ITALY GOV’T PLANS NEW GAMBLERS’ WINNINGS TAX, RETAIL CASH BAN
Italy’s gambling operators are bracing for impact after the government proposed still more tax hikes on the sector, this time targeting the operators’ customers.
This past week, Italian media got a sneak peek at their government’s 2020 fiscal budget, which includes plans to boost the tax rate on large lottery jackpots – defined as those over €100m – from the current 12% to 23%. There are only a handful of such mega-prizes on offer in Italy each year, but the government is also taking aim at far smaller windfalls.
The government reportedly plans to impose a new 12% tax on gamblers’ winnings under €500, which account for the majority of punters’ profits and currently aren’t subject to taxation. The new tax regime, which would apply to everything from lotteries to sports bets, would also feature a variable rate that would escalate along with the value of winnings, topping out at the aforementioned 23%.
Op-eds are already warning that this new tax policy will result in the government collecting less money from gambling tax than before. A lottery customer who pays €5 for a draw ticket and wins €5 would usually opt to replay their winnings. But the punter’s winnings are now only €4.40, so they would be forced to pony up the remaining €0.60 themselves to replay, and may simply opt to keep the money in their pocket.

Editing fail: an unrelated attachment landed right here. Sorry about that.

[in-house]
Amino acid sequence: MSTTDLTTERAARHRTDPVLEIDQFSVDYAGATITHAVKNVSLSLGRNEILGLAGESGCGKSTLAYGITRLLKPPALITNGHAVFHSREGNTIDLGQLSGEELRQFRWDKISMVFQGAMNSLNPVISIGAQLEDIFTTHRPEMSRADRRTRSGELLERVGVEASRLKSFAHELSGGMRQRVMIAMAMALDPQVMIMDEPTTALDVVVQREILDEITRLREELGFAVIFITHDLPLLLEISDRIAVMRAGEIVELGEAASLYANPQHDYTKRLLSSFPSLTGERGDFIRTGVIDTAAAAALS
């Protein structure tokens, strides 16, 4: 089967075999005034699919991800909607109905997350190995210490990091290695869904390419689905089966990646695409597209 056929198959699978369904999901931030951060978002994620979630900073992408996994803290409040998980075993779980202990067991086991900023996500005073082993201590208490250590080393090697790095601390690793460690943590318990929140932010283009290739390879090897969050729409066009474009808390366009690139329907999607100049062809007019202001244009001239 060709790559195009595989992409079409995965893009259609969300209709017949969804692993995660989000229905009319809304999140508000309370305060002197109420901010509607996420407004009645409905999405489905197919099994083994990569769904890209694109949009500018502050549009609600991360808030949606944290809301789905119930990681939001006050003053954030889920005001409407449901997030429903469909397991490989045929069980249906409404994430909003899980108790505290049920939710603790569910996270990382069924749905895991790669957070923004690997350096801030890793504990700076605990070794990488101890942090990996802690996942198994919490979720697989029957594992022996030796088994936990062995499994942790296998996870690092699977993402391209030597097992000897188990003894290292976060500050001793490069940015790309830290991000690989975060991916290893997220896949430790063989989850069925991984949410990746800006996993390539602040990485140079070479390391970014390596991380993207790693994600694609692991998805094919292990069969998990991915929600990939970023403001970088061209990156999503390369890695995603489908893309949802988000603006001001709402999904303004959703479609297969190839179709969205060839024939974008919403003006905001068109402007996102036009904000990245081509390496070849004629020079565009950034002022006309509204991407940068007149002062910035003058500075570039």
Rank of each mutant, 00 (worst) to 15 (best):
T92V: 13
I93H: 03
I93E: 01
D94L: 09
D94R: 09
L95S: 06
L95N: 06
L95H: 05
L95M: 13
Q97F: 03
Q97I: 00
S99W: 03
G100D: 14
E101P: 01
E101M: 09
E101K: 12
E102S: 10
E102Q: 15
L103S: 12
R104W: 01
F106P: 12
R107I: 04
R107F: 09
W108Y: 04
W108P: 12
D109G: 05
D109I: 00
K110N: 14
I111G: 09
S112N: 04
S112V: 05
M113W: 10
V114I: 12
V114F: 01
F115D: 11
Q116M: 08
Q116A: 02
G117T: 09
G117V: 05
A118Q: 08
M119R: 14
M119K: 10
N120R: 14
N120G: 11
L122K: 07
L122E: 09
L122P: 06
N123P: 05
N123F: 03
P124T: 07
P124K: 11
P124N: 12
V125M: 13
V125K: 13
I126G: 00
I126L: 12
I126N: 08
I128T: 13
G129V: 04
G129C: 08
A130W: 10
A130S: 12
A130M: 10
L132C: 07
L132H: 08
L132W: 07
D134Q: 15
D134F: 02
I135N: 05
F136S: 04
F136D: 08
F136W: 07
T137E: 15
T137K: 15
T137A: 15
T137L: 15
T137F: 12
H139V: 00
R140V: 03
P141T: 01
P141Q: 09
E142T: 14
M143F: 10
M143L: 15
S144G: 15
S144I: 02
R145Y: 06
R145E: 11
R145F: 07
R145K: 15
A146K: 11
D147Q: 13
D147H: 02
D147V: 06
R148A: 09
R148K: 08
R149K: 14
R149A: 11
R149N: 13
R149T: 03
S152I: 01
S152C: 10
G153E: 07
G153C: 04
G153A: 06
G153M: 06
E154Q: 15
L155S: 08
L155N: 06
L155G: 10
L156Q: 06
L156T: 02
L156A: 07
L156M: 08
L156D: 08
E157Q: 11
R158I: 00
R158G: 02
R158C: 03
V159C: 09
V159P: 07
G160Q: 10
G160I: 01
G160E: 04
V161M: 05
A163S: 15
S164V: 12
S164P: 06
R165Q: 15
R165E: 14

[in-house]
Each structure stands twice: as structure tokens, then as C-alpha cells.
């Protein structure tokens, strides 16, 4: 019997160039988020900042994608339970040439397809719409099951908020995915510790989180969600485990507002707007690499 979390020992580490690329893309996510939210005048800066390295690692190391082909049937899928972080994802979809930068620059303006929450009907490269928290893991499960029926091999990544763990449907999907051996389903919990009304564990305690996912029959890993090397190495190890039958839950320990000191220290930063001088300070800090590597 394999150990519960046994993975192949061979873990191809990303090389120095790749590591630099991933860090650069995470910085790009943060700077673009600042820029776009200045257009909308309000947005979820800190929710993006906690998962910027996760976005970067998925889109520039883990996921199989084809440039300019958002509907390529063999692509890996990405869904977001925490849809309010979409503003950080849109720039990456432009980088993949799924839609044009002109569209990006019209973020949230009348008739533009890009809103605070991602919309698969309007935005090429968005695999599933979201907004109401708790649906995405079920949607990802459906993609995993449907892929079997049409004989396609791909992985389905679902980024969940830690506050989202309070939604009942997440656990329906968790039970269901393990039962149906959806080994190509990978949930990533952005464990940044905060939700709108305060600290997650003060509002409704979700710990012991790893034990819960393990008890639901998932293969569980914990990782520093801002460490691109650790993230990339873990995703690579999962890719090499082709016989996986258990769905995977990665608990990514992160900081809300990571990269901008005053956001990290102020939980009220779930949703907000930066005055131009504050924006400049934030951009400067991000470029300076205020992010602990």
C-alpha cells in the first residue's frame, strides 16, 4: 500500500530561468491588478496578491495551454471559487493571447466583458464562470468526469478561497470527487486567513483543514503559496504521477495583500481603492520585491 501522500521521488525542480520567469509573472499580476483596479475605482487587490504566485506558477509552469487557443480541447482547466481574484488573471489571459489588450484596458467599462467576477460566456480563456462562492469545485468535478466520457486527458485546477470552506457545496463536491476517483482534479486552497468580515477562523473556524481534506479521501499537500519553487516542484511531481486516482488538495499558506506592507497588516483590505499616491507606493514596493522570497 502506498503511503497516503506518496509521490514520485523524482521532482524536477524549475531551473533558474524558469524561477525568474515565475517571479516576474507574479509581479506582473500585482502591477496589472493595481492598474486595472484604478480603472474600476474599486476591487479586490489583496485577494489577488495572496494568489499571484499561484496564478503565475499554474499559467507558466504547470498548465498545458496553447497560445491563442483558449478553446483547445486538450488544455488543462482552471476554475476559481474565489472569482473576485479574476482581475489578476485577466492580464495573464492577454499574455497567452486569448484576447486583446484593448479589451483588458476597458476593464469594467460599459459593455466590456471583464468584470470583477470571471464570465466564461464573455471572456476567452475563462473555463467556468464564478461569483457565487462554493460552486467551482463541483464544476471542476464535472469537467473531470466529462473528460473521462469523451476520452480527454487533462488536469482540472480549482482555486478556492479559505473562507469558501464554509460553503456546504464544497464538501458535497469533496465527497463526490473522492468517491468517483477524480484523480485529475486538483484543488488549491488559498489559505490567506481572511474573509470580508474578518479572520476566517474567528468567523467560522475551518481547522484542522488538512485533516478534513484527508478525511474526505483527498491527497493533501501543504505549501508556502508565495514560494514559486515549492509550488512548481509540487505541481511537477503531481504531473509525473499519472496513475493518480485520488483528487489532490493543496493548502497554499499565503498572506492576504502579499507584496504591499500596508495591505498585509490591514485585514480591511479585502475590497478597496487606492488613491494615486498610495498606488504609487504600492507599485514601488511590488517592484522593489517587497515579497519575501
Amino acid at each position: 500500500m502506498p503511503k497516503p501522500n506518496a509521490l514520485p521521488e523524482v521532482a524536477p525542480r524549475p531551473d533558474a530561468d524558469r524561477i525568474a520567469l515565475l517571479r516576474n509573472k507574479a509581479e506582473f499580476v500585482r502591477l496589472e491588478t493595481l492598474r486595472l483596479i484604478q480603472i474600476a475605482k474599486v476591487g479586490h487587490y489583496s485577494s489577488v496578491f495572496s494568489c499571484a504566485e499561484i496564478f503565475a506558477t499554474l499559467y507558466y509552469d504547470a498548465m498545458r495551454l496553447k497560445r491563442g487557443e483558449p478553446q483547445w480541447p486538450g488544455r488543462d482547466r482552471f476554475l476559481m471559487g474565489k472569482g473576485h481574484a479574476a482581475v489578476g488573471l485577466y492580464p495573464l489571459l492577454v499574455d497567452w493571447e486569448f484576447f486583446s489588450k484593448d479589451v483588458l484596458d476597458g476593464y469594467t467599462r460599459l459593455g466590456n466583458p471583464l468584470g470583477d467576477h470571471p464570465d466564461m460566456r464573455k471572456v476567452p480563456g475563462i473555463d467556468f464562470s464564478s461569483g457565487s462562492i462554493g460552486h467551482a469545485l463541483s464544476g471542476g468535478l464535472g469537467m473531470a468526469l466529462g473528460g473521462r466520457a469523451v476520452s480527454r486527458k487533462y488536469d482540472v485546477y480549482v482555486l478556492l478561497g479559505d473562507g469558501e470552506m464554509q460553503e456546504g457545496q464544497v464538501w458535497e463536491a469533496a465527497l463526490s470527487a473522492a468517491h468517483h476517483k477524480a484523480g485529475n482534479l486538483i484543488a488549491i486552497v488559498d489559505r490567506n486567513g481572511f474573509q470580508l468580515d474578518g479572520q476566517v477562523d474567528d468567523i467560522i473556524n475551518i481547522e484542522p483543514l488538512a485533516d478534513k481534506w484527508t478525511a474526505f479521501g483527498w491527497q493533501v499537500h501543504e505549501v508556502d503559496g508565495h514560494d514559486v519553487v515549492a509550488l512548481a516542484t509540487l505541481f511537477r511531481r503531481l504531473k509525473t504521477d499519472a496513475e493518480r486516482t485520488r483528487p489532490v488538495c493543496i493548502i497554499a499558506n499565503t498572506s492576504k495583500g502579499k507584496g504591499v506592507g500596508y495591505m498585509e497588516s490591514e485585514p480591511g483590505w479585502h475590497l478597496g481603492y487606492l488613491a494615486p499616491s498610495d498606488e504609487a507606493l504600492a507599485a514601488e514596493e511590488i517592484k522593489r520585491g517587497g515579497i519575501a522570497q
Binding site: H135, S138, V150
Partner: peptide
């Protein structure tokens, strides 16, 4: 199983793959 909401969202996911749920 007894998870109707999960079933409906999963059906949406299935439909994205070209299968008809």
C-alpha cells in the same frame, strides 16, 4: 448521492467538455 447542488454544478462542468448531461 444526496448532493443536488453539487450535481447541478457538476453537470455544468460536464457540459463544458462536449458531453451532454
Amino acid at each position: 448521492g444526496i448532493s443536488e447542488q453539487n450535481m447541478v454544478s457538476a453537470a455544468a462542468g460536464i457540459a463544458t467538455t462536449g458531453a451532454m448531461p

The government might not object to its citizens spending less money on gambling, even if it the government’s tax coffers take a hit. Italy has introduced any number of punitive measures on the gaming sector in recent years, ranging from increases in both online and land-based taxes and the much-criticized ban on gambling advertisements and sponsorships, all of which are ostensibly aimed at curbing Italians’ willingness to gamble.
Italy is also looking to curb tax evasion by retail operators through a proposed ban on cash payments for gambling services. Deputy Minister for the Economy Laura Castelli, a member of the Five Star Movement (M5S) party, gave an interview last week saying the government’s “virtuous” fight against gambling would continue to “move forward, not backwards.”
The plan to require gamblers to use credit or debit cards to access land-based gambling services was immediately criticized by Giorgio Pastorino, president of local gaming industry association STS, who claimed the plan would benefit only large banks and financial institution.
Pastorino said Castelli’s comments displayed “a lack of competence on the subject.” Pastorino wondered if Castelli really thought a punter would be interested in using a card to play a €1 game or make a small wager, while also claiming that operators would be unwilling to accept a card for such a low amount, given the percentage of each transaction claimed by the card issuer.